Eureka, CA

  5. 1. I don’t understand why you bothered with the pump and other “home pond” paraphernalia, when mud puddles seem to do fine without all of that. However I understand that you’d rather have strawberries than have raccoons visiting after dark (dusk).

    3. I have no opine re: paper seedpots, as they just look too fragile to try… Re: bottom-watering (not that kind of bottom watering!), mix, etc: best hort conditions during all phases of life depend on the species.

    4. You can feed most insect larvae to some desirable critters, as i assume you did when you likely fed the tomatoes to your chickens…
    Somewhere on the net, you may find (time)[email protected] methods to pre-clean larva eggs (after jarring)

    5. Re:R.E. culture and the boolshiite commerce “monopoly”. Yep. Ol’ 666 reagan was said to be charming.

    6. “Vë dön’t nëëd nö schtïnkïn läwn”. There are grass covers much easier to grow in socal.

  6. Speaking as an ex-LAlien, I’d like to hear about what I consider to be your biggest mistake: LIVING IN HELL-A! heh heh. But seriously, why are you there, what are your long term plans / dreams regarding all this “green” stuff? Do you only think about your little corner of the huge mess, or do you have any dreams that involve greater LA changing for the better? Do you want to combine your efforts with all the other oppressed greenies living under that nauseating brown sky? To what end? These are questions I struggled with while living there.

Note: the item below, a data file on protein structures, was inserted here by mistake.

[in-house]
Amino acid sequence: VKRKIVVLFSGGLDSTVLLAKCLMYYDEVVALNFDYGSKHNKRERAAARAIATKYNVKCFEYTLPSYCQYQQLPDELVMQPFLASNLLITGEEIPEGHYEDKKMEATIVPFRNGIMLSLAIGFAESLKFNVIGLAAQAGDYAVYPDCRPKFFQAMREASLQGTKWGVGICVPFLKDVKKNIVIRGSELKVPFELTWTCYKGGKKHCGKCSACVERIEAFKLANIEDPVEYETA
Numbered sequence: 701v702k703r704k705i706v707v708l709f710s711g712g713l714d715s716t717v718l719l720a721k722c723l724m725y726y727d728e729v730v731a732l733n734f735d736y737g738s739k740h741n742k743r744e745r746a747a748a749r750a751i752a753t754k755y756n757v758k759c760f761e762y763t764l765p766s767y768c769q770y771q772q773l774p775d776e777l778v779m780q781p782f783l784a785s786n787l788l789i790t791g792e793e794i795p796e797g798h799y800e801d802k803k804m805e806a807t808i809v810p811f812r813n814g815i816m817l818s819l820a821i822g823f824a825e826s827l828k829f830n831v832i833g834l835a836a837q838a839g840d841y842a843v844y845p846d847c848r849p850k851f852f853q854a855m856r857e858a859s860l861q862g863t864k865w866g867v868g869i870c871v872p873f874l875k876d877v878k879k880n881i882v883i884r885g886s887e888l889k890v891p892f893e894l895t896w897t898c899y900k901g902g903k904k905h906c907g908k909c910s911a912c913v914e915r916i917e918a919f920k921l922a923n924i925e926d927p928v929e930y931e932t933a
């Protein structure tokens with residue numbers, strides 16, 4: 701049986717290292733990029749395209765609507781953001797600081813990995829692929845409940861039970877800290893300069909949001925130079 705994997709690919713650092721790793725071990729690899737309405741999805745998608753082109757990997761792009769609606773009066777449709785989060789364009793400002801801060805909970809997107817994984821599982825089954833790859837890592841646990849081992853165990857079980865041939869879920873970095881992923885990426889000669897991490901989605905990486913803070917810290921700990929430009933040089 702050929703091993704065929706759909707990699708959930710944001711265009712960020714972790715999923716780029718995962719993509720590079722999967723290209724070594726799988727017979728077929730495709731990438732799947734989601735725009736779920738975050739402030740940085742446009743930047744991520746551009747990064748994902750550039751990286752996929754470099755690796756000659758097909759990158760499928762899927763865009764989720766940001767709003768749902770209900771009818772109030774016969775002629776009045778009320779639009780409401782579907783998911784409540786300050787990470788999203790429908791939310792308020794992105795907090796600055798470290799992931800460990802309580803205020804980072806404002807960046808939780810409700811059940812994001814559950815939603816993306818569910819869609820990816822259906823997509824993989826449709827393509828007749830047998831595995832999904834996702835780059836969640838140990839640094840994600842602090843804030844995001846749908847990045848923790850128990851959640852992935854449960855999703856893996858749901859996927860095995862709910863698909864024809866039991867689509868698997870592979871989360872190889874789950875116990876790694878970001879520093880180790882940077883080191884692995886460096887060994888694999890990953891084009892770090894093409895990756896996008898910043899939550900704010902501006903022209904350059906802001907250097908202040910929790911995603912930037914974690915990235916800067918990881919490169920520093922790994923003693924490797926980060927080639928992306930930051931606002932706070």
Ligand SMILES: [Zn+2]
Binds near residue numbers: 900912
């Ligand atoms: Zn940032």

7. NPR did a story awhile back on folks in the LA area who traded in their lawns for sustainable native gardens and using rocks for paths instead of bare dirt or grass. My favorite part of the whole story? One woman built her garden in the middle of suburbia and a neighborhood full of lawns. Neighbors kept losing their grandchildren because they would slip away from the beautifully manicured lawns they were supposed to be playing on for the chance to play with the neighbor’s rocks. Moral of the story? Kids love rocks more than grass.

  8. I am glad you talk about the errors you made- it helps Us Readers to learn. Plus, perfection is boring.

    If you ever do another batch of sun-dried tomatoes, why not package them up in vacuum sealed bags for storage? That might keep those horrid pantry moths out. Plus, you can seal them in with some basil-spiced olive oil.

  9. I also had to separate dueling chickens of different ethnic backgrounds and bought an very old home with many many problems that everyone involved did a wonderful job of downplaying. Well whatever, its done. Keep up the good (and nots so good) work, its an inspiration and keeps me going!


  10. The lawn problems don’t apply to all locations. They certainly shouldn’t be in the southwest but here in the north east all you have to do is mow it with a reel mower each week. You don’t even have to plant seeds, just sit back and let plants natural arrive. However this doesn’t stop people from doing it the hard way, many of my naighbors use all sorts of chemicals like herbicides, pesticides and fertalizers to get the steriotypical only grass lawn but our easy natuarla lawn ends up looking much better.